The conference I attended just this past weekend, the Mom 2.0 Summit, was one where I had pitched a speaking idea based on the post I wrote about crowd funding last summer. I found out I would be giving the talk only about a month ago, and by that time my thoughts on it had evolved. Having this deadline and imminent public unveiling of the idea forced me to develop my swirling thoughts into what turned out to be a very defined and cohesive philosophy of creative project finance. Whether or not I end up capitalizing upon that as a line of work (independent creative funding consulting, anyone?), the conference and the conversations I had as a result of the talk were worth my travel costs.
I saw similar ideas translated into opportunities by getting a bunch of smart, ambitious heads together; a group who organizes a digital family conference seemed a match made in heaven with an online service to collect and archive the stories and the wisdom of kids. A dad creating a database of children’s activities in major cities around the country found ideas about partnering with hyperlocal parenting blogs. Lines tossed around in a workshop on “Unstoppable Girls” were fielded as new campaigns for Dove and possible advertising work for one of the teen girls there.
Make friends and influence people (into giving you work)
Within the space of about 15 minutes Saturday night, I heard two separate conversations that went something like, “I met her at the conference in 2007. And then when the job opened up, she got in touch with me.” In a few sessions, someone asked the question, “but who does social media consulting? How do you find one of those?” and half the room would raise their hands. Writers and editors sat down at lunch tables and discovered each needed the other. Charity representatives and brand representatives looking to work with charities would answer one another’s questions from the audience in a session.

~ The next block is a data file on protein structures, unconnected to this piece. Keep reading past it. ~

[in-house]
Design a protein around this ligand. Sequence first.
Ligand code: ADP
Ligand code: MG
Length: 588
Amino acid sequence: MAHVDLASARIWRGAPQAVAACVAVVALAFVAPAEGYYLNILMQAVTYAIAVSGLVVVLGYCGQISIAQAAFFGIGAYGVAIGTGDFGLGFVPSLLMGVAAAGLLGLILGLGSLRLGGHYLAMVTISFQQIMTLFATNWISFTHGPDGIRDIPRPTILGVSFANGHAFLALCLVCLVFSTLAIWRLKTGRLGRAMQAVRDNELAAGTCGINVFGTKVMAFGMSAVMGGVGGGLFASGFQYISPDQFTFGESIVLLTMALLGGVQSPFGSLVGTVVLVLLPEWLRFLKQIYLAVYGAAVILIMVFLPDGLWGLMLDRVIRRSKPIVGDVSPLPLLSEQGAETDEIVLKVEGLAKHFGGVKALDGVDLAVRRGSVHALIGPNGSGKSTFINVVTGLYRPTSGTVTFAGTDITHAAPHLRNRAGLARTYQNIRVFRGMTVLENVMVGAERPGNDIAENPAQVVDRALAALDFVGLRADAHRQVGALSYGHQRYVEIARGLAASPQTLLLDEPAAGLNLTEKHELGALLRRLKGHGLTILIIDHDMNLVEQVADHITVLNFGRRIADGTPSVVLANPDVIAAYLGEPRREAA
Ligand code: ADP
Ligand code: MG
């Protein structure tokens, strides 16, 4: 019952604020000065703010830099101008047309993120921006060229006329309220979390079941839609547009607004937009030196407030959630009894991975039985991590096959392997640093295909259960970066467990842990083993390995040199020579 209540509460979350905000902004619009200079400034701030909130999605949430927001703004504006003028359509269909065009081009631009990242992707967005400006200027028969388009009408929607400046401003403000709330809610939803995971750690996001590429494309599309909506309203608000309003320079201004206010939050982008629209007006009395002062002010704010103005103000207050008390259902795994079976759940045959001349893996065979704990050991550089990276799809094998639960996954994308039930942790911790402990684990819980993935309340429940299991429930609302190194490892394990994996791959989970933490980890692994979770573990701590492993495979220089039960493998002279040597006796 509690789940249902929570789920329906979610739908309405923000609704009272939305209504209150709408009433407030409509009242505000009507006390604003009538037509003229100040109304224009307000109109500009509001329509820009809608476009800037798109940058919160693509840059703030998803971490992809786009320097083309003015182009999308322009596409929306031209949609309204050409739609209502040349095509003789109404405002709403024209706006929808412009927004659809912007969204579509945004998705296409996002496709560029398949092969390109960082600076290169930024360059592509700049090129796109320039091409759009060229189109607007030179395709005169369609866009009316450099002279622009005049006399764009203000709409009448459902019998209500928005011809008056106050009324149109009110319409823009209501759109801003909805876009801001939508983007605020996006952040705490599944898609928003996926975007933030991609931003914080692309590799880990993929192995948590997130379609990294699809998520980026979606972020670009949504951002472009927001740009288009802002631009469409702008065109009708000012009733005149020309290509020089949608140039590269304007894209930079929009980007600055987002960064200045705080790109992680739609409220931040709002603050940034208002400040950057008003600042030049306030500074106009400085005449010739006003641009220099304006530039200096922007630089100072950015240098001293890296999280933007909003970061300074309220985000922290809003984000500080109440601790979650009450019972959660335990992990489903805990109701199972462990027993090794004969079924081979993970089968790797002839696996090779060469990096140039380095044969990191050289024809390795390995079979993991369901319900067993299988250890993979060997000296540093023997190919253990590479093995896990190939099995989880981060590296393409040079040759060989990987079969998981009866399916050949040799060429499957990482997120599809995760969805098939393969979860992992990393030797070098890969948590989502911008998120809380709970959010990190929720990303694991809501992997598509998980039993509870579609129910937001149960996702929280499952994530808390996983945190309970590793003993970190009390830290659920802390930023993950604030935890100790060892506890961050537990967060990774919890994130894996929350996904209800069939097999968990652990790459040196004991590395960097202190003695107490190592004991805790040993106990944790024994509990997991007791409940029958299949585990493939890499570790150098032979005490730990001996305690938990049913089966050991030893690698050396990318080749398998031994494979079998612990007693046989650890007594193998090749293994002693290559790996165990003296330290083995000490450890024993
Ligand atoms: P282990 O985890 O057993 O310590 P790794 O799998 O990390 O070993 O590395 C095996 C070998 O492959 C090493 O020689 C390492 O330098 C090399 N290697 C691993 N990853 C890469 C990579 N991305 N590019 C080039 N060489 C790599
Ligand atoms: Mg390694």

As we all know, the world of industry runs on connections, and we can’t all go to Harvard Business School or somewhere else where simply being a graduate/member/whatever means the phone is always answered when you call. Forging real friendships at conferences of like-minded people is the next best thing (and definitely easier to access).